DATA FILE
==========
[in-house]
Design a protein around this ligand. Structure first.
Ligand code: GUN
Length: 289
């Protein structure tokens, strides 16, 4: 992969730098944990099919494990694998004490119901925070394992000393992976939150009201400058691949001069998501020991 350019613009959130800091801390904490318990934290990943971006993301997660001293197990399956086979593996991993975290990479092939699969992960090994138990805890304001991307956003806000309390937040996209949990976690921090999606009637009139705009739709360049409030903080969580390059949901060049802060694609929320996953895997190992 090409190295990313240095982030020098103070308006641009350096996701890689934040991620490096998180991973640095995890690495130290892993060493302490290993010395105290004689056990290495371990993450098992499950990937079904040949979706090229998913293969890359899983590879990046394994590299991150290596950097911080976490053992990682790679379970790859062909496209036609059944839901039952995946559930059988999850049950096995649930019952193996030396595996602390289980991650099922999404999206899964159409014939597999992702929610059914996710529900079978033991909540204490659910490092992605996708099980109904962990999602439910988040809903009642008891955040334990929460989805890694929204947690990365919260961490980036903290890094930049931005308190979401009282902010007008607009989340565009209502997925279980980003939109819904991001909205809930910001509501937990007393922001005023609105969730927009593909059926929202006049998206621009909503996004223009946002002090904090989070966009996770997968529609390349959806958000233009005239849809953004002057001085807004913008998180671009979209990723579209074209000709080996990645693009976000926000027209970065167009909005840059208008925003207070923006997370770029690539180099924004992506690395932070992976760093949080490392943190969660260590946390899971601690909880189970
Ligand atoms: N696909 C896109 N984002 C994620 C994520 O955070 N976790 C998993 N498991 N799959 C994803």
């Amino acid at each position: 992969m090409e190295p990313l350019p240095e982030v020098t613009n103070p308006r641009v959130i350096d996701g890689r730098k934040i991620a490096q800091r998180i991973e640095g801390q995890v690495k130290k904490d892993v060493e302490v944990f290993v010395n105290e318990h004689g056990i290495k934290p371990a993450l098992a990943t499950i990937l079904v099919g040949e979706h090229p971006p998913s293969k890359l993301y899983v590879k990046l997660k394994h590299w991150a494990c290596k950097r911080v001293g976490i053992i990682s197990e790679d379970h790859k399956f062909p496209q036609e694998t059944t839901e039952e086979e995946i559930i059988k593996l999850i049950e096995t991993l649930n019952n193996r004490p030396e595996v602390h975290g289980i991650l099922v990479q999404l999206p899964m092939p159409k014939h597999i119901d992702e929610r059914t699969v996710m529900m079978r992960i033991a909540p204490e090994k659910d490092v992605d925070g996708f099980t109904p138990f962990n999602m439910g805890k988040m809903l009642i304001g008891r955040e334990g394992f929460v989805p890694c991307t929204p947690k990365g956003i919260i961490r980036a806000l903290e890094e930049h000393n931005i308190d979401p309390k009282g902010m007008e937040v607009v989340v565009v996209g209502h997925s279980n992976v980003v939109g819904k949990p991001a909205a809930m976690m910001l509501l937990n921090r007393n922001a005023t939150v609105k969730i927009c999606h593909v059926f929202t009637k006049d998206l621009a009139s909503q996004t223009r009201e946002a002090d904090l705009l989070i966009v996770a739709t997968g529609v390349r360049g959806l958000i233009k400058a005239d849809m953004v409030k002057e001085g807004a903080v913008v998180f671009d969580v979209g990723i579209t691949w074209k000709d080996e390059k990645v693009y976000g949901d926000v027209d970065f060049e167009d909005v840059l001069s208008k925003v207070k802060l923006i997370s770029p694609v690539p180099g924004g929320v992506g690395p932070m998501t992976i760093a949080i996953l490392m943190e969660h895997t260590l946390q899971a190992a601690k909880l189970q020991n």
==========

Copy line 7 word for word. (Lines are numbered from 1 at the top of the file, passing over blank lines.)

């Amino acid at each position: 992969m090409e190295p990313l350019p240095e982030v020098t613009n103070p308006r641009v959130i350096d996701g890689r730098k934040i991620a490096q800091r998180i991973e640095g801390q995890v690495k130290k904490d892993v060493e302490v944990f290993v010395n105290e318990h004689g056990i290495k934290p371990a993450l098992a990943t499950i990937l079904v099919g040949e979706h090229p971006p998913s293969k890359l993301y899983v590879k990046l997660k394994h590299w991150a494990c290596k950097r911080v001293g976490i053992i990682s197990e790679d379970h790859k399956f062909p496209q036609e694998t059944t839901e039952e086979e995946i559930i059988k593996l999850i049950e096995t991993l649930n019952n193996r004490p030396e595996v602390h975290g289980i991650l099922v990479q999404l999206p899964m092939p159409k014939h597999i119901d992702e929610r059914t699969v996710m529900m079978r992960i033991a909540p204490e090994k659910d490092v992605d925070g996708f099980t109904p138990f962990n999602m439910g805890k988040m809903l009642i304001g008891r955040e334990g394992f929460v989805p890694c991307t929204p947690k990365g956003i919260i961490r980036a806000l903290e890094e930049h000393n931005i308190d979401p309390k009282g902010m007008e937040v607009v989340v565009v996209g209502h997925s279980n992976v980003v939109g819904k949990p991001a909205a809930m976690m910001l509501l937990n921090r007393n922001a005023t939150v609105k969730i927009c999606h593909v059926f929202t009637k006049d998206l621009a009139s909503q996004t223009r009201e946002a002090d904090l705009l989070i966009v996770a739709t997968g529609v390349r360049g959806l958000i233009k400058a005239d849809m953004v409030k002057e001085g807004a903080v913008v998180f671009d969580v979209g990723i579209t691949w074209k000709d080996e390059k990645v693009y976000g949901d926000v027209d970065f060049e167009d909005v840059l001069s208008k925003v207070k802060l923006i997370s770029p694609v690539p180099g924004g929320v992506g690395p932070m998501t992976i760093a949080i996953l490392m943190e969660h895997t260590l946390q899971a190992a601690k909880l189970q020991n």